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Patrick Wright: The Moral of Brenley Corner, 6 December 2018

... The​ Department of Transport is currently putting arrangements in place to transform a 13.5 mile stretch of the M20, passing through Kent on the way to Folkestone and the Channel Tunnel, into a ‘giant lorry park’ in time for 29 March next year. When I learned of this frantic exercise in ‘resilience planning’, my mind drifted back to a time still unblessed by the wisdom of Dominic Raab, the former Brexit secretary, who shortly before the end of his tenure admitted how little he had appreciated the country’s reliance on transportation by the Dover-Calais route ...

Diary

Patrick Wright: The Deer Park or the Tank Park?, 31 March 1988

... In 1979 Mr Wilfrid Weld commissioned an ecological and historical survey of his 12,500-acre estate in south Dorset. The survey was partly financed through the Manpower Services Commission, and its findings appeared in an impressive publication late last year.* Working as I have been recently on the cultural history of this area, I was interested to know more and went down to Lulworth to meet Mr Weld ...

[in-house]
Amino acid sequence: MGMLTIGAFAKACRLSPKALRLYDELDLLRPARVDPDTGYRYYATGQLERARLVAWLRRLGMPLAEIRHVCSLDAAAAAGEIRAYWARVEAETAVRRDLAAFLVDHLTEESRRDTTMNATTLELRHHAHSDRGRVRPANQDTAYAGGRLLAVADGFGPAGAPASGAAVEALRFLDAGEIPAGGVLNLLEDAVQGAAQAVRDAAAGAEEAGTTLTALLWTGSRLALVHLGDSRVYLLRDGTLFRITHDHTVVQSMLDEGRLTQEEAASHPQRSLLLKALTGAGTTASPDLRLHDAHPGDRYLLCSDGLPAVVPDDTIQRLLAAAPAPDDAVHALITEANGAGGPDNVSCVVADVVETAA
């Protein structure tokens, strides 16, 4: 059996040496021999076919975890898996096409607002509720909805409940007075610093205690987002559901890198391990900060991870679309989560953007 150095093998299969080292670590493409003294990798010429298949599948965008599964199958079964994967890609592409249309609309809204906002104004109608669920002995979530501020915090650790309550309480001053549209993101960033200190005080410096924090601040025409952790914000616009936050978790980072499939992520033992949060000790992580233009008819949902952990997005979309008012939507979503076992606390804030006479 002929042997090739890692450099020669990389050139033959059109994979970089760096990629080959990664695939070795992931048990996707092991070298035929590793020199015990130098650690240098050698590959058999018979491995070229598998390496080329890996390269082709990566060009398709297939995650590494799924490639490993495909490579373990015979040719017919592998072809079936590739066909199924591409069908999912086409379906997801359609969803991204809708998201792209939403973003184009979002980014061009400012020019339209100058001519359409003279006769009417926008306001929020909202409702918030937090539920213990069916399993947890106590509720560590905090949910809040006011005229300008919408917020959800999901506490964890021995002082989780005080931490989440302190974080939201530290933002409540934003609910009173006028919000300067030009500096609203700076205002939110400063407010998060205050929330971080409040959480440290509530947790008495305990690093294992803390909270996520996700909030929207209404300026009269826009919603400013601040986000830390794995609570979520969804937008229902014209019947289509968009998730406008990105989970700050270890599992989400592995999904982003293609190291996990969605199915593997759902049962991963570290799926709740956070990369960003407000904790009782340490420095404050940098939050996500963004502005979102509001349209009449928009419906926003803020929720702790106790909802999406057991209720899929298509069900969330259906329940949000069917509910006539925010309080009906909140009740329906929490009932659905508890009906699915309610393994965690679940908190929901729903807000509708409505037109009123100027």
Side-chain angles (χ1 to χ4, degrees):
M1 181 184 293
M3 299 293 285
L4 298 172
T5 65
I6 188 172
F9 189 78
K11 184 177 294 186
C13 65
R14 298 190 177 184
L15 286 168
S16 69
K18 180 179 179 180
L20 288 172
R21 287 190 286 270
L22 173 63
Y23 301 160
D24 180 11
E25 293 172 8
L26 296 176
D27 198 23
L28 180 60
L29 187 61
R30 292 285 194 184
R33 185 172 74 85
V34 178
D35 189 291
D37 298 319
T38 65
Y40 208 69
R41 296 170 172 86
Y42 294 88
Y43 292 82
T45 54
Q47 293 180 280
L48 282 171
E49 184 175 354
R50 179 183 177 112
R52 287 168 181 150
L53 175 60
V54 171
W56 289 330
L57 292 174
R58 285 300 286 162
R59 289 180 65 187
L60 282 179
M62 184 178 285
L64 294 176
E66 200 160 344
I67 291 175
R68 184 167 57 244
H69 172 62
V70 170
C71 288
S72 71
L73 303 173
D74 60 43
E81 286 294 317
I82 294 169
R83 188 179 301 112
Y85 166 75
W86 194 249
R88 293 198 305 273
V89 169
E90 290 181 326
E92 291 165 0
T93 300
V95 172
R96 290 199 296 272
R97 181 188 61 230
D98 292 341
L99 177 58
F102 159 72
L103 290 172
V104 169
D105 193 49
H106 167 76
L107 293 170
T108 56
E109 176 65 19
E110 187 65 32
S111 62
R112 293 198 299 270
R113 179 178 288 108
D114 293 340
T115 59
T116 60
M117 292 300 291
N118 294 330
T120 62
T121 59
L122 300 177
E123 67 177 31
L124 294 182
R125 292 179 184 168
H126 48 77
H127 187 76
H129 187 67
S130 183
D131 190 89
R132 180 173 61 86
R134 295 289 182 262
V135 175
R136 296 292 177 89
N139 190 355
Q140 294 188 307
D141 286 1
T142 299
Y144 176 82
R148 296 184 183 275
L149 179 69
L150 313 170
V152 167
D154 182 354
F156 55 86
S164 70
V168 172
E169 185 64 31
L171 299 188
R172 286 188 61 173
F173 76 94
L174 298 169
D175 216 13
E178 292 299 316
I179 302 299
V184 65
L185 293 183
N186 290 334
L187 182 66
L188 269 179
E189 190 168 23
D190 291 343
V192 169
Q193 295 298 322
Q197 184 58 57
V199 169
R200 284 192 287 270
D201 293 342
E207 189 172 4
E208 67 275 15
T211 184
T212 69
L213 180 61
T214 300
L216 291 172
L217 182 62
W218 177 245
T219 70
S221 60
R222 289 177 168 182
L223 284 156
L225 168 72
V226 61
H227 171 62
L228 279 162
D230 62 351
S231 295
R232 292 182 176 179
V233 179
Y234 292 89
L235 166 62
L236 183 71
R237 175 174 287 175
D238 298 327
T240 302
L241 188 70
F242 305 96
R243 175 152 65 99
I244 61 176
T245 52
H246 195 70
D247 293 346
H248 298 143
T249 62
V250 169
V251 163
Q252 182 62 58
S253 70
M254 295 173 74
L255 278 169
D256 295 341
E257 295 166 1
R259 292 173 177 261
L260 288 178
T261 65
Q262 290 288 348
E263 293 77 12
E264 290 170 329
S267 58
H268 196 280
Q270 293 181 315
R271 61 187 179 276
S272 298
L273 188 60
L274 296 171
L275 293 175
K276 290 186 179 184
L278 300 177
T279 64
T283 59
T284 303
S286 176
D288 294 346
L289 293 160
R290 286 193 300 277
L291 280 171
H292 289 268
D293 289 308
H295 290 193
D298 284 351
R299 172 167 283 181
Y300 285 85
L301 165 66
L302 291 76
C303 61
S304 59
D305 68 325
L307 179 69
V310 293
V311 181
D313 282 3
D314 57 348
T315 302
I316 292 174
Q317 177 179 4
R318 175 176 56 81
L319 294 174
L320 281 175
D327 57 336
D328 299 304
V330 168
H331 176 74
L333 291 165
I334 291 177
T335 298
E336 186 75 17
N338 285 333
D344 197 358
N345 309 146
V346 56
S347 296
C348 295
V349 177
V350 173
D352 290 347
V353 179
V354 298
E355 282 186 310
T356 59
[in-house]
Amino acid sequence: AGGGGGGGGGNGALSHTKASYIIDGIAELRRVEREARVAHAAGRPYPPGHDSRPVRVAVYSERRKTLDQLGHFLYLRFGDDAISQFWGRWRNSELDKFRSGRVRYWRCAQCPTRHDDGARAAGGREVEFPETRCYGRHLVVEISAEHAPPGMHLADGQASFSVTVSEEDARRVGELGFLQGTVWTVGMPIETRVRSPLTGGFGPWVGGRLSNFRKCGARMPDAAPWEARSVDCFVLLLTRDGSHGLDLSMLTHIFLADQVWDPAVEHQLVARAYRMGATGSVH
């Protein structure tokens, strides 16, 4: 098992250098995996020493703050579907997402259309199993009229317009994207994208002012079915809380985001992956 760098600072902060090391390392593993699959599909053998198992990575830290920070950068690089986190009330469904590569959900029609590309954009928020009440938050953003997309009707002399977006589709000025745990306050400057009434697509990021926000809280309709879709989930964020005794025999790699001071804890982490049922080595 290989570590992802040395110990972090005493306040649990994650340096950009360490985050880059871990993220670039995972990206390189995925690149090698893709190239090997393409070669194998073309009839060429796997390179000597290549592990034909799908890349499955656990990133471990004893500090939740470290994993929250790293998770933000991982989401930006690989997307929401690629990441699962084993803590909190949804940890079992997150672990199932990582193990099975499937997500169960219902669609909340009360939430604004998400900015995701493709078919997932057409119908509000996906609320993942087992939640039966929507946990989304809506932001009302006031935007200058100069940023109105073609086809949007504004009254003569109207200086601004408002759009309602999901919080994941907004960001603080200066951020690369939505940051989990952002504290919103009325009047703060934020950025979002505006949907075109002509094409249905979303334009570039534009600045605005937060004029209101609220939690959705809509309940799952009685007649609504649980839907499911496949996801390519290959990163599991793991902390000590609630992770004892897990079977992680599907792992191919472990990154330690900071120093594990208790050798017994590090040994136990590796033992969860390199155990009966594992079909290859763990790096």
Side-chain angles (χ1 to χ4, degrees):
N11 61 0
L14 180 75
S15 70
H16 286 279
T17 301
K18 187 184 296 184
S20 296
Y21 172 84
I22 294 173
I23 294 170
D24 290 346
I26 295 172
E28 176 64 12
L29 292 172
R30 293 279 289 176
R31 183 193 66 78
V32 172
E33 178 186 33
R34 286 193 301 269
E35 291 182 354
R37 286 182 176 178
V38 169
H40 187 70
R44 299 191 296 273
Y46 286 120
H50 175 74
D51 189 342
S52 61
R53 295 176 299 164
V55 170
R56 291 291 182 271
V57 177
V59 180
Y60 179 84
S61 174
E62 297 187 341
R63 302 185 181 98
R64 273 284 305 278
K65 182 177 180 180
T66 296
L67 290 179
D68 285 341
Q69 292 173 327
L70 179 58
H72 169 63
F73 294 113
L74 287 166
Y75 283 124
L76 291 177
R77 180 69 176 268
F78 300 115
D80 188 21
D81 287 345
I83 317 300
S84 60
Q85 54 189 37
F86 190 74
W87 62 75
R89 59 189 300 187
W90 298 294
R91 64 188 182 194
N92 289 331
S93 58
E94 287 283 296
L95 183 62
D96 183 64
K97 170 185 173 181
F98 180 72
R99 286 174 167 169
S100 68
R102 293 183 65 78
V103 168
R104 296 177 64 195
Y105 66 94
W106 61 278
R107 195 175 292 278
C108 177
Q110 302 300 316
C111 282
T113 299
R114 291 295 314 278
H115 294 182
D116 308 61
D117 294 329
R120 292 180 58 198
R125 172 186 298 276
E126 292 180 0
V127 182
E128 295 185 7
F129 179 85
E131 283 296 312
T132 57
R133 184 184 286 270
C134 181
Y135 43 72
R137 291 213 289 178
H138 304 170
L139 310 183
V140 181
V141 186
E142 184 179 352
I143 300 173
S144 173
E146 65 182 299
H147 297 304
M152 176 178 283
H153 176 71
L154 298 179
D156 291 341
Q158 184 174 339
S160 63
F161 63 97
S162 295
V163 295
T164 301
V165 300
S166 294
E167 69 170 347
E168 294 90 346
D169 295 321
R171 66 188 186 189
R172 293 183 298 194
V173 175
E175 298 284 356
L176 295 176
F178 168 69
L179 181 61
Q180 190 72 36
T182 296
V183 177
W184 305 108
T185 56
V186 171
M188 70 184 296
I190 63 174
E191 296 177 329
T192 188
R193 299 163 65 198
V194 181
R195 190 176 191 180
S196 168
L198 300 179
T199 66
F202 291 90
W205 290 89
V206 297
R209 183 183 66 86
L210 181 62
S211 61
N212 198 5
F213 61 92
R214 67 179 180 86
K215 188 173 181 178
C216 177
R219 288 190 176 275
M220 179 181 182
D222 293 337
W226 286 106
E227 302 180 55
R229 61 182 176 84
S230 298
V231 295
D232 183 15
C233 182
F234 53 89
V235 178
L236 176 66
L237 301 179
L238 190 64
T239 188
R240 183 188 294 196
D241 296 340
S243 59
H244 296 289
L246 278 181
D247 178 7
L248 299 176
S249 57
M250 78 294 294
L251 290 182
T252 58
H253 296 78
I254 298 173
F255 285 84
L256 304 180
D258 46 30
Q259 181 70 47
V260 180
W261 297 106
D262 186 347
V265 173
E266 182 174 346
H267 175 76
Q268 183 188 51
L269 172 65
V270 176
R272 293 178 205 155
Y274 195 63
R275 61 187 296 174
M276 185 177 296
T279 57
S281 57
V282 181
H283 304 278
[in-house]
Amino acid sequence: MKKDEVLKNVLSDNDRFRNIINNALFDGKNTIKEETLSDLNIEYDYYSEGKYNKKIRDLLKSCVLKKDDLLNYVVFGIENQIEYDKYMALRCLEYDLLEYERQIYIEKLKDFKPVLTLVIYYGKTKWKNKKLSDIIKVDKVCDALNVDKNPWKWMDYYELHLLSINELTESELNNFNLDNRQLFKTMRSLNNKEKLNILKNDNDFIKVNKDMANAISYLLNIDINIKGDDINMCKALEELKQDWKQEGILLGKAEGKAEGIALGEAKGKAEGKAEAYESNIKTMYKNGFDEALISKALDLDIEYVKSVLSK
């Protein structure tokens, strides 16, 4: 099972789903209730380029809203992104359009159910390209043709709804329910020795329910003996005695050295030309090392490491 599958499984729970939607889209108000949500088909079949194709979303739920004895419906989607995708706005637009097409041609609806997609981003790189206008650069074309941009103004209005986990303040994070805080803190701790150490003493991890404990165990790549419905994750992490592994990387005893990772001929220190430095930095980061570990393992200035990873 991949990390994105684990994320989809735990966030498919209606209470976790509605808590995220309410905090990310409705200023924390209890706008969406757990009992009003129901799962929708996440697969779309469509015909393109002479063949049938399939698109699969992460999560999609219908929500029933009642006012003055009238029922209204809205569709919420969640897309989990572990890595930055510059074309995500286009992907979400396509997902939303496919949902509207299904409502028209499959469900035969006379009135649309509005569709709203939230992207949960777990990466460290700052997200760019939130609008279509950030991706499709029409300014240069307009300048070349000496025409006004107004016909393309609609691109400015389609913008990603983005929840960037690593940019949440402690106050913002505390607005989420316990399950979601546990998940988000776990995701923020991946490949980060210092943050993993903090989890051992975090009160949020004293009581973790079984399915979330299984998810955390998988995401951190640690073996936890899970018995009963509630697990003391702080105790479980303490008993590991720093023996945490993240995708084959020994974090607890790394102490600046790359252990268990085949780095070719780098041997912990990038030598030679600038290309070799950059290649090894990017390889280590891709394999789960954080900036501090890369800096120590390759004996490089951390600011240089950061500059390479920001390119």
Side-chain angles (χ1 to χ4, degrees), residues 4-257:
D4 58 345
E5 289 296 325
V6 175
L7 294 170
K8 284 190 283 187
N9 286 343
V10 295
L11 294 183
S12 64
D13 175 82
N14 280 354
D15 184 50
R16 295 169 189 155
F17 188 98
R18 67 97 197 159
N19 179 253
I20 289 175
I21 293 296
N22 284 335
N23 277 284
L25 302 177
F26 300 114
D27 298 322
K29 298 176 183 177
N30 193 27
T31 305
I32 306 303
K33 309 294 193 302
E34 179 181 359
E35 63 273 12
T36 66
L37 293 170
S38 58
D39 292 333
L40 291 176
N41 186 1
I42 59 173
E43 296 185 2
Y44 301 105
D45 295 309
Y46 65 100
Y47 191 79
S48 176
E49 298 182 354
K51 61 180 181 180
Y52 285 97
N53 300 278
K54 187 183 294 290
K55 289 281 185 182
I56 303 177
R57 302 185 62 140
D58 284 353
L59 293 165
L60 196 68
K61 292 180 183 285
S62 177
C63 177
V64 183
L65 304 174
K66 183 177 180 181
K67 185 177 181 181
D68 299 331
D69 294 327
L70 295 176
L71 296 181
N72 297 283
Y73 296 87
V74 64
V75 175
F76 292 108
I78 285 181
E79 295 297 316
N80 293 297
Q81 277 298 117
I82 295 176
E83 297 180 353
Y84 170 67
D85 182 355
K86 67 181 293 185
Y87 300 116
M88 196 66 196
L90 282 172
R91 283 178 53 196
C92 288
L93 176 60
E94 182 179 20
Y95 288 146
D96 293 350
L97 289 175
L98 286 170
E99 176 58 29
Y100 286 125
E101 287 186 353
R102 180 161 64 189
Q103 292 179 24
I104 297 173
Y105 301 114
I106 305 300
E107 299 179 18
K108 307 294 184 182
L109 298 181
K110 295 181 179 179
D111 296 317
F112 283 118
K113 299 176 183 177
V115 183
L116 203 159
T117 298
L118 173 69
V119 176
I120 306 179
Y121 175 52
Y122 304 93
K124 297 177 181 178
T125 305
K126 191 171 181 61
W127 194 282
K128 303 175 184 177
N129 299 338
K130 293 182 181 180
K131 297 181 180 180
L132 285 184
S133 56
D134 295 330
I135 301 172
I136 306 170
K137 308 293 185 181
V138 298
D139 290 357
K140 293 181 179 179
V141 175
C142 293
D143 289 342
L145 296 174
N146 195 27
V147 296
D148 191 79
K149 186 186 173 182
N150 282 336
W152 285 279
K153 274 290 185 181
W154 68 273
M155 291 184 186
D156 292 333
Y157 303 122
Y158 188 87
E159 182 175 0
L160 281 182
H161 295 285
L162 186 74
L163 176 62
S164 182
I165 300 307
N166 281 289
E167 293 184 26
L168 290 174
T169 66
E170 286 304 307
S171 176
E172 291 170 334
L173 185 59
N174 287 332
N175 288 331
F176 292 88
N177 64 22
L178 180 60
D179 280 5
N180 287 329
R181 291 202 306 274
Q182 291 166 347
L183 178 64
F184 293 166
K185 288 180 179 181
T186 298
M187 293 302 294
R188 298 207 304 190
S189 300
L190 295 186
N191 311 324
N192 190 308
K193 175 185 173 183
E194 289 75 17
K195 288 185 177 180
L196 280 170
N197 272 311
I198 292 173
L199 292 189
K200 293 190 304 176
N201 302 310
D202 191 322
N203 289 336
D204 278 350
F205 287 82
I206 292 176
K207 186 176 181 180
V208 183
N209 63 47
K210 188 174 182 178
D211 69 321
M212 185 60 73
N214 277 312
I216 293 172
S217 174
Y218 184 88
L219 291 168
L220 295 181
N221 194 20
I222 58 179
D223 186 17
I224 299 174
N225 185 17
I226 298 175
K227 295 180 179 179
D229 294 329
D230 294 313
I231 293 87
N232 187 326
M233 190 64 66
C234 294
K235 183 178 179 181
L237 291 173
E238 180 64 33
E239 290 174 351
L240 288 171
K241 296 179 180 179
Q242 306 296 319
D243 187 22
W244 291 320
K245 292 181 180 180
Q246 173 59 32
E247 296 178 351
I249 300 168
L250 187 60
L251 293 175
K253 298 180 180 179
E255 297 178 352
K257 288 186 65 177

Diary

Patrick Wright: The Cult of Tyneham, 24 November 1988

... Reading the Faber Book of English History in Verse in East London was like trying to hold Radio 3 on the FM band.* The wavelength was under fire from all sides, and its measured strains kept giving way to the outlandish rapping and toasting of the local pirate stations. Closing the minister’s volume in dismay, I noticed an image of Nelson dying at Trafalgar on the cover and set off in search of a place where I might try again ...

A Journey through Ruins

Patrick Wright, 18 September 1986

The Infant and the Pearl 
by Douglas Oliver.
Ferry Press, 28 pp., £2, December 1985
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... Douglas Oliver’s books have been appearing since 1969. Slim volumes published in tiny editions by marginal presses, they have escaped all but the slightest measure of attention. This may be the usual story for poets, but Oliver – a former journalist who is now teaching in Paris – is developing an unusual poetic which deserves wider interest. His most abiding themes have an autobiographical dimension ...

Omnipresent Eye

Patrick Wright: The Nixon/Mao Show, 16 August 2007

Seize the Hour: When Nixon Met Mao 
by Margaret MacMillan.
Murray, 384 pp., £25, October 2006, 0 7195 6522 7